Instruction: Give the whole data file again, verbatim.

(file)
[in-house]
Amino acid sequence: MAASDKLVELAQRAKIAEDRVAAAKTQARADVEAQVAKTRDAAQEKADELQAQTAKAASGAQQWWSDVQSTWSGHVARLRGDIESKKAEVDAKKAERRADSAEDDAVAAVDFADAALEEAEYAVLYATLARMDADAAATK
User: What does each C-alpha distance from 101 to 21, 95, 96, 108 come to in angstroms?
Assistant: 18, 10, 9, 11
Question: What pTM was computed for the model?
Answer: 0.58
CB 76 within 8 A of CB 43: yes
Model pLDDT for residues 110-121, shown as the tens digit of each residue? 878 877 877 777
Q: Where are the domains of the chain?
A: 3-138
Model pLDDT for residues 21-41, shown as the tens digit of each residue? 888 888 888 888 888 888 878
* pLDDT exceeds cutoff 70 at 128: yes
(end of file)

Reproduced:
[in-house]
Amino acid sequence: MAASDKLVELAQRAKIAEDRVAAAKTQARADVEAQVAKTRDAAQEKADELQAQTAKAASGAQQWWSDVQSTWSGHVARLRGDIESKKAEVDAKKAERRADSAEDDAVAAVDFADAALEEAEYAVLYATLARMDADAAATK
User: What does each C-alpha distance from 101 to 21, 95, 96, 108 come to in angstroms?
Assistant: 18, 10, 9, 11
Question: What pTM was computed for the model?
Answer: 0.58
CB 76 within 8 A of CB 43: yes
Model pLDDT for residues 110-121, shown as the tens digit of each residue? 878 877 877 777
Q: Where are the domains of the chain?
A: 3-138
Model pLDDT for residues 21-41, shown as the tens digit of each residue? 888 888 888 888 888 888 878
* pLDDT exceeds cutoff 70 at 128: yes